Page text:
The Impact On Employee Benefits After ‘Windsor’

By Jenny Kiesewetter – Butler Snow – On October 6, 2014, in an unexpected move, the United States Supreme Court declined to review petitions challenging the legalization of same-sex marriage in five states, including Indiana, Oklahoma, Utah, Virginia, and Wisconsin.

The effect of this refusal to hear these petitions, or this non-decision on the legality of, or the right to, same-sex marriage for all 50 states, is that stays are now lifted on the three federal appeals courts’ decisions upholding such same-sex marriages. With these stays lifted, same-sex marriages are now legal in 24 states, up from 19.

Other states in those federal circuits are also affected by the Court’s actions on Monday, including Colorado, Kansas, North Carolina, South Carolina, West Virginia, and Wyoming. It is thought that the three federal appeals court will uphold same-sex marriages in these states as well, where such marriages are currently banned. If those bans are struck down, then the number of states legalizing same-sex marriage climbs from 24 to 30 in short time.

Under the state of celebration approach, employers in all states must be prepared to offer certain federal employee benefits to same-sex couples since same-sex marriage does not have to be recognized in the state where the employer is located.

So how does the Court’s action, or inaction, affect same-sex federal employee benefits and an employer’s duty or obligation to provide such benefits to same-sex couples? The decision not to review the lower court petitions has no direct bearing on the previously issued guidance from the Internal Revenue Service (IRS), the U.S. Department of the Treasury, the Employee Benefits Security Administration (EBSA)(a division of the U.S. Department of Labor (DOL)), and the Department of Health and Human Services (HHS) that emerged post-Windsor. Each of the above-referenced agencies has issued similar guidance stating generally that same-sex couples who were legally married in a states that recognized same-sex marriage will be treated as married for federal tax and employee benefits purposes, even if the couple resides in a state that does not recognize such marriages. This “state of celebration” approach rather than a “state of residence” approach is now the common approach with respect to same-sex federal employee benefits.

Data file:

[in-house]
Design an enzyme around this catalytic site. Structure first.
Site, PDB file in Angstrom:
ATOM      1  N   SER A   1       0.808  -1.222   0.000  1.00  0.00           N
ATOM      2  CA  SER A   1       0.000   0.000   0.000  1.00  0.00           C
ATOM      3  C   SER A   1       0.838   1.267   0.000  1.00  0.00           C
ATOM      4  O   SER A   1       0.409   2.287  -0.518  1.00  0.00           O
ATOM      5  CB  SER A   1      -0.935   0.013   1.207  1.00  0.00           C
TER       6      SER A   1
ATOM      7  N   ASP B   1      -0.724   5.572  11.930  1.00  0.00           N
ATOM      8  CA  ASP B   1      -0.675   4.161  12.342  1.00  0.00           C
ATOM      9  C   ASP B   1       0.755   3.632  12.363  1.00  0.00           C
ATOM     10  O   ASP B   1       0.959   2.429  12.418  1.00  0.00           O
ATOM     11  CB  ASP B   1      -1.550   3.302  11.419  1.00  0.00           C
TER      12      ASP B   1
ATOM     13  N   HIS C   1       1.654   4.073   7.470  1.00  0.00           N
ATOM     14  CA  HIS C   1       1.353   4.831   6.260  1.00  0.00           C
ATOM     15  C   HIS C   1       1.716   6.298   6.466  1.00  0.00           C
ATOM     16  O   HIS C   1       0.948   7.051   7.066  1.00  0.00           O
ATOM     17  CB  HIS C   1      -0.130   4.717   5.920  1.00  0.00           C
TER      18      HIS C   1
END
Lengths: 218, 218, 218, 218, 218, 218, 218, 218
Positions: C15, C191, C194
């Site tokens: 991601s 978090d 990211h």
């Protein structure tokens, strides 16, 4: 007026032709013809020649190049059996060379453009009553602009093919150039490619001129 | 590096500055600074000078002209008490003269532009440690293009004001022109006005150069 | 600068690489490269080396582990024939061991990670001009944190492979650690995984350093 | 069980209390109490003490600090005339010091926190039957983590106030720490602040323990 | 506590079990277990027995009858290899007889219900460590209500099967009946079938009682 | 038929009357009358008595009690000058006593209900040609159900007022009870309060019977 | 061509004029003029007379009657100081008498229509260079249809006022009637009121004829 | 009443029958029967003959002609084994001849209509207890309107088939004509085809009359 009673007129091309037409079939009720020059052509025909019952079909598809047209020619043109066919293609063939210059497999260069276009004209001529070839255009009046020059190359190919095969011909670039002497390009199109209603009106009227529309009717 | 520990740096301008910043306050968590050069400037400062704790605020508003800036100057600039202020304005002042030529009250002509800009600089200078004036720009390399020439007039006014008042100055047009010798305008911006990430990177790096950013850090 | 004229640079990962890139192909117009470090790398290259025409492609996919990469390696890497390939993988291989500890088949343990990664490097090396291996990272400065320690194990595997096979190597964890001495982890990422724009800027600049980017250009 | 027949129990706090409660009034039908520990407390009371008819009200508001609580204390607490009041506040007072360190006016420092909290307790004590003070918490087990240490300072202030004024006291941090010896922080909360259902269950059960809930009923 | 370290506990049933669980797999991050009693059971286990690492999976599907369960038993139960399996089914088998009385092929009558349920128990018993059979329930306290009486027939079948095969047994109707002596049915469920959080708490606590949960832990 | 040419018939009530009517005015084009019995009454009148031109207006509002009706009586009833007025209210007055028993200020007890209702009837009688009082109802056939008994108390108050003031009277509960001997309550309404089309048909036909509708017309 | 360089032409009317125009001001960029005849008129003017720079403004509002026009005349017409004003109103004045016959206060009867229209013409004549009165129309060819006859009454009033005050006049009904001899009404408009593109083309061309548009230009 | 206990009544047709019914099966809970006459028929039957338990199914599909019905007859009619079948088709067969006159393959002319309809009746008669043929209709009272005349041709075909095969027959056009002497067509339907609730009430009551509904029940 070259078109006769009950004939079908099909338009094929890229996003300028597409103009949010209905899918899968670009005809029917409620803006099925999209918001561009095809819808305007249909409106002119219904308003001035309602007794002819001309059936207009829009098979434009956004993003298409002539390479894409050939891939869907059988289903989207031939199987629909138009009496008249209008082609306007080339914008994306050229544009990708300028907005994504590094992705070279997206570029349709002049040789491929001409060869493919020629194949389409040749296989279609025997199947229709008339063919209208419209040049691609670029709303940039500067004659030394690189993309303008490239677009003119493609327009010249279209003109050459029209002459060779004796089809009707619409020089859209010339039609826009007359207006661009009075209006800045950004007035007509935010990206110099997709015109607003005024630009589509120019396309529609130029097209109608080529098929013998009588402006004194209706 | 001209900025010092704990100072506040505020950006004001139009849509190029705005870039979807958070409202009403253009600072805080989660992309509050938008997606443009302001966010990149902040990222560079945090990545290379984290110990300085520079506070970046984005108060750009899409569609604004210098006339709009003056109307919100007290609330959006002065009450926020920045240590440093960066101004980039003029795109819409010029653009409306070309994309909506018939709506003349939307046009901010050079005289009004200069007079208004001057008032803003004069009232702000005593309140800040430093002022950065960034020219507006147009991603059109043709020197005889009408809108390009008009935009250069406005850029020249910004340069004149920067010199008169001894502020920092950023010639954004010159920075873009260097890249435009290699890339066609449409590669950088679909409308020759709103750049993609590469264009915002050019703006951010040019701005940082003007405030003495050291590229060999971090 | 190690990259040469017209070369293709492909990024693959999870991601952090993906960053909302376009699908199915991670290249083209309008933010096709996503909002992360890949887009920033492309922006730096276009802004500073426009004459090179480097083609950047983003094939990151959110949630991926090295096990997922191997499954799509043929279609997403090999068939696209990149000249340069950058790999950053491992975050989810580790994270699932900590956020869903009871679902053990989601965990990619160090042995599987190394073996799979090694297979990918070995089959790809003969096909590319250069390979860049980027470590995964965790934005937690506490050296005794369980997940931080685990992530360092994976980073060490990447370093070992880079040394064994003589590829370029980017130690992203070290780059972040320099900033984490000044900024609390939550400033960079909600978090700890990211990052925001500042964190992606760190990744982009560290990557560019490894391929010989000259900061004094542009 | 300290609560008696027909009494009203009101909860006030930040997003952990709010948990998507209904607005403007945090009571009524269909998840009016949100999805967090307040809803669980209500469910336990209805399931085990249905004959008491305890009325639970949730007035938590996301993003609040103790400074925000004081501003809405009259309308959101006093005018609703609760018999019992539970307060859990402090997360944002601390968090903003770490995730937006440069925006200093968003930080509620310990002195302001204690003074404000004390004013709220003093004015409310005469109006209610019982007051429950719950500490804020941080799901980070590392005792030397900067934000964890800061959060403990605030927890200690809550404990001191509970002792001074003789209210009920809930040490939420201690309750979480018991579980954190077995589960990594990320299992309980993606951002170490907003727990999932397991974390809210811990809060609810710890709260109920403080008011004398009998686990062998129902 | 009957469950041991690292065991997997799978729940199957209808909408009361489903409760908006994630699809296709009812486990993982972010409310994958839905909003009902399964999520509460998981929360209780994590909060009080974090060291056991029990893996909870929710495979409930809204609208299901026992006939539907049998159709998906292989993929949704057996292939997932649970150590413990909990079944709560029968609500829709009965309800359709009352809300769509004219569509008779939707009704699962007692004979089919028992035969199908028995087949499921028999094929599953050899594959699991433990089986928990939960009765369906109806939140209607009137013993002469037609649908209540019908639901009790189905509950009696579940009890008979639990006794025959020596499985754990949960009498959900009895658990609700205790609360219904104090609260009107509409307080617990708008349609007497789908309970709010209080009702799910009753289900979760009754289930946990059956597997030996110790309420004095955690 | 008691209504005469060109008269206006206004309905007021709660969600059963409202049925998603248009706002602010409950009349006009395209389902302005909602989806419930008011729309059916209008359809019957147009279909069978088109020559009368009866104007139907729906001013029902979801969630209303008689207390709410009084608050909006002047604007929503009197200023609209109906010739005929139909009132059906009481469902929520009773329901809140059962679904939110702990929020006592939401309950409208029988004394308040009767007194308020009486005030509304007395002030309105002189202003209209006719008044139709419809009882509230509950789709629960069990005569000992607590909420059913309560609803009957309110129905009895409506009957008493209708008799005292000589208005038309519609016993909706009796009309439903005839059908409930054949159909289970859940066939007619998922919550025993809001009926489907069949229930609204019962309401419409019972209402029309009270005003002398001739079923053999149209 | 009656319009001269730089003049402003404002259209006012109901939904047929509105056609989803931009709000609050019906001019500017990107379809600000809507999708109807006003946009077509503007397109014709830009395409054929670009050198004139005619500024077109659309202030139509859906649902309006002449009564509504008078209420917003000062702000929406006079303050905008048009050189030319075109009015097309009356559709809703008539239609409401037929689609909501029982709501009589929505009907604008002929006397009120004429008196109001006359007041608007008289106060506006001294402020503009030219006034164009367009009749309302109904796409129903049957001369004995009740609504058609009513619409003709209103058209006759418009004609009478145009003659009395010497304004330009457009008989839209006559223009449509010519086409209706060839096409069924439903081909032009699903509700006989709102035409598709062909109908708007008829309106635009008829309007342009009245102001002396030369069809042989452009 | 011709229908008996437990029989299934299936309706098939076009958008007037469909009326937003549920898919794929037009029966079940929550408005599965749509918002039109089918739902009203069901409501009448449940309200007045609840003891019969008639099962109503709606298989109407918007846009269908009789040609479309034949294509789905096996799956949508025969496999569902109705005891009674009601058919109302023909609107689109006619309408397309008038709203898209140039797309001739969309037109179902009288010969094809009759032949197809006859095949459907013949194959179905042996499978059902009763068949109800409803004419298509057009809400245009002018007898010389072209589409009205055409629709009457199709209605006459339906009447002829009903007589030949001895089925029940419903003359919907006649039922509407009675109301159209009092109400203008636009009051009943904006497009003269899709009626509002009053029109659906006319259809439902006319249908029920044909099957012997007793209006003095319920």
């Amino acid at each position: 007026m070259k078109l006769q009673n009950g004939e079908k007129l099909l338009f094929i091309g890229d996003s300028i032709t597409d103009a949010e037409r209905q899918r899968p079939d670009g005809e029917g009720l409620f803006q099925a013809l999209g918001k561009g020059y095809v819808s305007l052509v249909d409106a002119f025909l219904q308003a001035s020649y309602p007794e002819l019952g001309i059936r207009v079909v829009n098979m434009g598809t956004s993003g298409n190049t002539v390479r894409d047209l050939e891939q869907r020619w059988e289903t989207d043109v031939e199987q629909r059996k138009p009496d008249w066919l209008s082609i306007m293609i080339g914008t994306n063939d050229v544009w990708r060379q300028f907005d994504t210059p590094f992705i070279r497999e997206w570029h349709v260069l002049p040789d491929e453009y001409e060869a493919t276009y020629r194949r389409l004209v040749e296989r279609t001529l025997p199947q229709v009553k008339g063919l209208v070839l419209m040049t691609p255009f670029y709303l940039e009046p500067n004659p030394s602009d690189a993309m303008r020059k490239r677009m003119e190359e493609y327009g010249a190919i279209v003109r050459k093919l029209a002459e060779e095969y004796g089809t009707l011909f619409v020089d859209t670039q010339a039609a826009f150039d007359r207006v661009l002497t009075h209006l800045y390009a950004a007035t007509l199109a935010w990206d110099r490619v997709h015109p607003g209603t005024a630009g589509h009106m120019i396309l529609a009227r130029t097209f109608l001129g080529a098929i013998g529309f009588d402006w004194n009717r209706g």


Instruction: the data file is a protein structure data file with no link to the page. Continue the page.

Under the state of celebration approach, employers in all states must be prepared to offer certain federal employee benefits to same-sex couples since same-sex marriage does not have to be recognized in the state where the employer is located. In the wake of this “non-decision,” the number of states legalizing same-sex marriage will more than likely climb from 19 to 30, as discussed above. This will greatly impact the number of legal same-sex marriages across the country, thus implicating in great measure the state of celebration approach to providing federal employee benefits to these couples.

This is a rally call for employers to evaluate employee benefit plan documents for compliance. Plan sponsors must confirm that their plan documents are in compliance with recently issued IRS guidance for qualified plans, including document requirements, required and optional amendments, and operational guidance.

Further, plan sponsors need to evaluate plan operations. Plan compliance issues frequently arise through plan operations, not just plan documents. Thus, plan sponsors must implement the plan document language through administrative practices that provide same-sex spouses with the appropriate rights under federal law under Windsor.

Such administrative practices include, but are not limited to, payroll practices and procedures; deferrals, contributions, and other contributory elections; beneficiary designations; and plan disclosures (such as COBRA and HIPAA notices). Plan sponsors should also review associated employee records that support such plan documents and processes. Appropriate due diligence is required to achieve compliance in the areas of federal employee benefits with respect to same- sex couples.

Employers need to give proper credence to the Court’s most recent actions with respect to same- sex marriages. Employers must take proactive steps to achieve compliance, even as guidance in this area of the law continues to evolve.


[Jennifer Kiesewetter is a member of Butler Snow’s Business Services Group and focuses primarily on employee benefits, employee welfare benefits, ERISA, executive compensation, health care compliance, healthcare regulatory, and corporate law.]

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